Coming off the heels of a report that data breaches are costlier now than ever before is another concerning research finding: Most companies admit they’re unprepared to deal with a breach.
A study published May 5 by the Ponemon Institute found that malicious incursions are taking an unprecedented monetary toll on impacted enterprises. In the United States, where these attacks are most pervasive, the cost is also the highest: An average of $246 per compromised record.
With facts like those circulating the Web and news of cyberattacks cropping up left and right, one would think that companies would make quick work of bolstering their enterprise security against potential intrusions. But that does not seem to be the case.
Separate Ponemon Survey Finds Business Preparedness Lacking
Another survey carried out by Ponemon, and sponsored by Websense, found that despite the overwhelmingly threatening presence of issues like malware circulating every facet of the business sphere, most operations are simply unprepared when it comes to battling a data breach.
This revelation comes from company IT department staffers themselves, 63 percent of whom told Ponemon that their companies do not have the enterprise security in place to prevent data from being stolen by criminals in the event of an outside intrusion.
Of those surveyed, 59 percent also admitted that their limited knowledge of cyberattacks prevents them from knowing if attempted incursions are being carried out, and what the impact of those might be. According to Websense CEO John McCormack, the results from the survey illustrate a need for companies to carry out better safeguarding measures.
“This global security report shows that the cybersecurity industry still has more work to do when it comes to addressing cyberattacks,” he said, according to InfoSecurity Magazine. “Security professionals need effective security measures and heightened security intelligence to keep organizations safe from advanced attacks and data loss.”
One integral part of any company security system is a robust authentication wall. Without one, businesses place themselves at constant risk of an unwanted third party breaching his or her way into the company system.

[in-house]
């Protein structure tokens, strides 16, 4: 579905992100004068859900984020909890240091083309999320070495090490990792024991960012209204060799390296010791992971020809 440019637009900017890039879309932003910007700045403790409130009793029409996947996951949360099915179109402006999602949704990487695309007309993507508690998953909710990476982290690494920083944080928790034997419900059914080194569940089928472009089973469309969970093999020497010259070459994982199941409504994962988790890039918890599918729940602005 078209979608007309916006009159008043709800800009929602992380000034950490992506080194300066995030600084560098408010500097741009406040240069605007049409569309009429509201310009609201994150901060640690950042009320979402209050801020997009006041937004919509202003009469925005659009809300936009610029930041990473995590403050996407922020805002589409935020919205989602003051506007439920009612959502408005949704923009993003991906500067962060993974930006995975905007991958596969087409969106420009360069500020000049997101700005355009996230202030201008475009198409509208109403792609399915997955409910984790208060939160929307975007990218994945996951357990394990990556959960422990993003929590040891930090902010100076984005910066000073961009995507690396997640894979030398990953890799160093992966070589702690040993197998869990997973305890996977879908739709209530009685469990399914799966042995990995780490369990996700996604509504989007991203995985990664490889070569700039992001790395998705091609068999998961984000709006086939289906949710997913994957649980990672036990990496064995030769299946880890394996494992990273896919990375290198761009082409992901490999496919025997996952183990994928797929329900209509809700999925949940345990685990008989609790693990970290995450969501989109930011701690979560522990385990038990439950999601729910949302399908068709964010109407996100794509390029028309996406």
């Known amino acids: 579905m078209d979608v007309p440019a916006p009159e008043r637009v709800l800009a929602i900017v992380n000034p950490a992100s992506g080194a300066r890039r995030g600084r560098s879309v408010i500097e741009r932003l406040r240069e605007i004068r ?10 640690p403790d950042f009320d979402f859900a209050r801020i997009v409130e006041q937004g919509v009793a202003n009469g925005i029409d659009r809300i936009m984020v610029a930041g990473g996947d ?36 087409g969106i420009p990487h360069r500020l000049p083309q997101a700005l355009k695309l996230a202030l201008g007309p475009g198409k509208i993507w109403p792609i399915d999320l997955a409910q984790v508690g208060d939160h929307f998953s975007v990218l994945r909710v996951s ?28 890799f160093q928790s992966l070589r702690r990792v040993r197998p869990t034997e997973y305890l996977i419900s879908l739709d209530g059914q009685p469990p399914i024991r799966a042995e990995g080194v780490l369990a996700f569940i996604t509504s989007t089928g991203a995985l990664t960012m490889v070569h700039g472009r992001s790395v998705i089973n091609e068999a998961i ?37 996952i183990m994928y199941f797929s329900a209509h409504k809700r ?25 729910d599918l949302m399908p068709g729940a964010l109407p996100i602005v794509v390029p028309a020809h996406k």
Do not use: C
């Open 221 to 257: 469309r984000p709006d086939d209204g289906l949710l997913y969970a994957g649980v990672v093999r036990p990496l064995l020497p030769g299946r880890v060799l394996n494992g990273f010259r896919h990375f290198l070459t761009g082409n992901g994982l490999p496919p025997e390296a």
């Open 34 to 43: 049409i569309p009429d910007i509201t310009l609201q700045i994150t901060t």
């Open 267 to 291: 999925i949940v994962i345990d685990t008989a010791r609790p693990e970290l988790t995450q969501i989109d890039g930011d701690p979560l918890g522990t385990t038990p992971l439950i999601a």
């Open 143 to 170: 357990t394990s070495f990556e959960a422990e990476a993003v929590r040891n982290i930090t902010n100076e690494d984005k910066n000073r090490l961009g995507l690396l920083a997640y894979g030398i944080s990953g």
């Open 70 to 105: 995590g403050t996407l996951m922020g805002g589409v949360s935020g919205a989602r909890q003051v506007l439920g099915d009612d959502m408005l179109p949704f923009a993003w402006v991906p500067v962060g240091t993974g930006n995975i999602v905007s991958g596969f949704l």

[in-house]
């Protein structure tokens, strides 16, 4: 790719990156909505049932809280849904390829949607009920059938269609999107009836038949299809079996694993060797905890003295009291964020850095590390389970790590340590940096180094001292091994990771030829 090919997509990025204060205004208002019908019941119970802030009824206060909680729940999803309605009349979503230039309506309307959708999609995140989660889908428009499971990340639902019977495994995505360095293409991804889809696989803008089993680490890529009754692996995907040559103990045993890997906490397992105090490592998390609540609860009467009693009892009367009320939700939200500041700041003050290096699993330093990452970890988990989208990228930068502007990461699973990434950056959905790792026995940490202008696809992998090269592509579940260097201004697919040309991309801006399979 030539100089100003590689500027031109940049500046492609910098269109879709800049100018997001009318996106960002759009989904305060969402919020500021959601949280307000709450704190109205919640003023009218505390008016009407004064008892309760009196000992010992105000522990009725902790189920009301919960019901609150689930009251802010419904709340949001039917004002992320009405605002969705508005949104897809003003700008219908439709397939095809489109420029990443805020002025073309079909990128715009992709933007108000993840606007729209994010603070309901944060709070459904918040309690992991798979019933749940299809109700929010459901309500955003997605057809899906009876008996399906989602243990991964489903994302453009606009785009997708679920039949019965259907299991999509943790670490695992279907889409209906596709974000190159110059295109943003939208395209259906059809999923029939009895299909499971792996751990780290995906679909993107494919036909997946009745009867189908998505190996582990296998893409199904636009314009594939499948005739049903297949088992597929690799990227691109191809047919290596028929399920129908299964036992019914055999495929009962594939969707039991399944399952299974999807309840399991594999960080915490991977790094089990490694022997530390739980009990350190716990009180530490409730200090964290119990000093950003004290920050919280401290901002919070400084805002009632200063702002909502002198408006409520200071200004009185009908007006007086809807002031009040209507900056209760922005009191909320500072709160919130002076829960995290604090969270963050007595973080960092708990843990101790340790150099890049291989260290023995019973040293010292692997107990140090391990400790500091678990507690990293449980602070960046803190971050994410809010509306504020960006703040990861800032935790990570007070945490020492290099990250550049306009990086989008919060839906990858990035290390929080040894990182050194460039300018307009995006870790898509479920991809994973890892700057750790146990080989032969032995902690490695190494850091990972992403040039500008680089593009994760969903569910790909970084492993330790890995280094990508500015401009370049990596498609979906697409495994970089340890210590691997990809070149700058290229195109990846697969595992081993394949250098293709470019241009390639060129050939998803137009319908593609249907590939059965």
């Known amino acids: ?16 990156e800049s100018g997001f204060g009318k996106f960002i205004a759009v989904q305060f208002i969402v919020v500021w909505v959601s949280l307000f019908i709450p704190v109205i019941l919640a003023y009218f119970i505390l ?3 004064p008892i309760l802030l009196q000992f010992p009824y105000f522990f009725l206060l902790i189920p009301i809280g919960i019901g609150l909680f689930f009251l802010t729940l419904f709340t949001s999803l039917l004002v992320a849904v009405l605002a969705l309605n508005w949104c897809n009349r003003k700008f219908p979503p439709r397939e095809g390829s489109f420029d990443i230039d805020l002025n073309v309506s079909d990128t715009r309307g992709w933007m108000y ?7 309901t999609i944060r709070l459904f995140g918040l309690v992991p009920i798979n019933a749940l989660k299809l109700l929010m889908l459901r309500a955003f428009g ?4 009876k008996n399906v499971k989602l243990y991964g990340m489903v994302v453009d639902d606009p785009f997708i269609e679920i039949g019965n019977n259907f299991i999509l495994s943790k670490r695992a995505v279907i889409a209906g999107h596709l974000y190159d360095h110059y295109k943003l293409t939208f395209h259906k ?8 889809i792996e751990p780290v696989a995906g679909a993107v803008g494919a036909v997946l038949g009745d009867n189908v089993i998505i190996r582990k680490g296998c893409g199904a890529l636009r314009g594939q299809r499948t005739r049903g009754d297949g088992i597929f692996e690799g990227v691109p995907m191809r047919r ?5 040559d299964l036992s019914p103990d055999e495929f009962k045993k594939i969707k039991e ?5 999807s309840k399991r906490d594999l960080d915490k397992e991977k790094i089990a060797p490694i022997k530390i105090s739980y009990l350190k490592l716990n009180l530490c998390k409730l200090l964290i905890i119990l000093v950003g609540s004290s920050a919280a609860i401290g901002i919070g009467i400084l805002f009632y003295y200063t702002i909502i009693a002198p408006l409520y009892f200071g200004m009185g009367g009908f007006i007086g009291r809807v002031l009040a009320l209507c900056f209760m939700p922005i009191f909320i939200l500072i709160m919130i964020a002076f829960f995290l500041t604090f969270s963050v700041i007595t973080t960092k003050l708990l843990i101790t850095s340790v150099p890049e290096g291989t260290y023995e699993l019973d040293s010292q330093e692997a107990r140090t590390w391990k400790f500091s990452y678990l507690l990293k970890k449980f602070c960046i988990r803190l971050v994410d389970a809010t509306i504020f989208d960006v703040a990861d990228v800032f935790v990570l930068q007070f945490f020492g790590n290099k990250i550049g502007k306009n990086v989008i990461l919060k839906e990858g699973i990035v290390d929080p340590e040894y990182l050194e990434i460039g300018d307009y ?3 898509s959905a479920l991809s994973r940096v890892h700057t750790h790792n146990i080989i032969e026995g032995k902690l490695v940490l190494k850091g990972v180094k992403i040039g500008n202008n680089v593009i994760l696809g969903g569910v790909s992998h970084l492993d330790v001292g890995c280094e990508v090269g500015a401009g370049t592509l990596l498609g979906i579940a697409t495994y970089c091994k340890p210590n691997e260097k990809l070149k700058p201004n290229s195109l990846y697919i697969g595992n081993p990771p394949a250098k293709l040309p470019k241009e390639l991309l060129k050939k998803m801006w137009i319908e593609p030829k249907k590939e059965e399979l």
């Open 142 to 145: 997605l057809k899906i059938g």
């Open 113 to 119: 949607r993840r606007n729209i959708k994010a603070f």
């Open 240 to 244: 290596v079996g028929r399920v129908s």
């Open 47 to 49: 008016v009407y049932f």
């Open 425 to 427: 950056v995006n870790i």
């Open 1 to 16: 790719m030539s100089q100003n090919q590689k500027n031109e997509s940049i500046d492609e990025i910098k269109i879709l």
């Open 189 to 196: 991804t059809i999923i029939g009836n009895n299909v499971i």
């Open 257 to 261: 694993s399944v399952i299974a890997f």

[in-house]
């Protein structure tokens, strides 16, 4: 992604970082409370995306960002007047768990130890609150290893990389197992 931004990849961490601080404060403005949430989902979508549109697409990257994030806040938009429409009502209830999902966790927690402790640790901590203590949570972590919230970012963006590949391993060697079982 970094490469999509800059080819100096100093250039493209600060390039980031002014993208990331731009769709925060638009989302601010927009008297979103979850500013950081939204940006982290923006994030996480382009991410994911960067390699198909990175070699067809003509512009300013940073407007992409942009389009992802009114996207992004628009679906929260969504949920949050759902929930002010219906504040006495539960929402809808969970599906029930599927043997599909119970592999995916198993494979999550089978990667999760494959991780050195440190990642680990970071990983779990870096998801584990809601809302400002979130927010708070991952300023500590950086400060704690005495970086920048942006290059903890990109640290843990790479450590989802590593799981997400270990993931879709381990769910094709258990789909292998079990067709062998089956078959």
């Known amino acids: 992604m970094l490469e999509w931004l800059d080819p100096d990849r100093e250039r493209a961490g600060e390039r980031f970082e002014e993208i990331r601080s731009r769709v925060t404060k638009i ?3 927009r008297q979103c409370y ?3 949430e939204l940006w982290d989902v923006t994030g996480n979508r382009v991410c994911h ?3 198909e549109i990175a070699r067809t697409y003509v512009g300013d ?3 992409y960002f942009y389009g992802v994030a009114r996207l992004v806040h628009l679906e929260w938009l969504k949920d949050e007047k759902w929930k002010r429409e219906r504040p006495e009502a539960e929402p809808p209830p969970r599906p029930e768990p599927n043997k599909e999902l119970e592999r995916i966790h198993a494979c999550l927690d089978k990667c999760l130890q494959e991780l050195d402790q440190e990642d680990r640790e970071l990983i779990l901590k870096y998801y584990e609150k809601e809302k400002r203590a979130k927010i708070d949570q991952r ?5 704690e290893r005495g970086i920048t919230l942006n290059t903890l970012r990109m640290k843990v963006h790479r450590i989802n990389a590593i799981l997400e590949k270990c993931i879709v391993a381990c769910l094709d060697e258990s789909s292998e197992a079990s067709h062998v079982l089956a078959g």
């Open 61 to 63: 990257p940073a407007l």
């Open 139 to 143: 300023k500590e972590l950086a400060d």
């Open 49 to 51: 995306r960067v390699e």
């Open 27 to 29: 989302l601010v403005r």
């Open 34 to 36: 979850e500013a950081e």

And yet not only do most businesses not seem to have such strong authentication measures in place, but many are also vastly unprepared for what happens even after a breach is no longer active. As 35 percent of breached respondents admitted, they did not even a clear picture of what had been stolen in the attack on their company. Being attacked is more than a minor embarrassment, but being unable to say what information was stolen is nothing short of a major problem.
Companies Must Be More Upfront About Their Security Practices
It is unlikely that the consumer public will greet this survey’s findings with warmth or understanding. To learn that the majority of businesses are unprepared for attack is to fuel the anxiety of a customer base already wary of personal information loss.
It’s not hard to imagine a near future where a business’s enterprise security is as important to prospective customers as their discount specials. Ten years ago, whether or not a company had strong identity protection in place likely mattered very little to the average consumer.
But that was before a run of many high-profile breaches in the last two years, and before a sense of unease began creeping into every credit card swipe. Everywhere they turn, people are being told their private information is not safe.
Therefore, the rigor with which businesses defend themselves against attacks will likely emerge as a deciding factor in whether or not customers choose to shop there. For the 63 percent of Ponemon respondents unprepared for a breach, this could spell the end of business.
Ten years ago, company authentication strategies did not make headlines. But 10 years from now, only the well-guarded may still be around.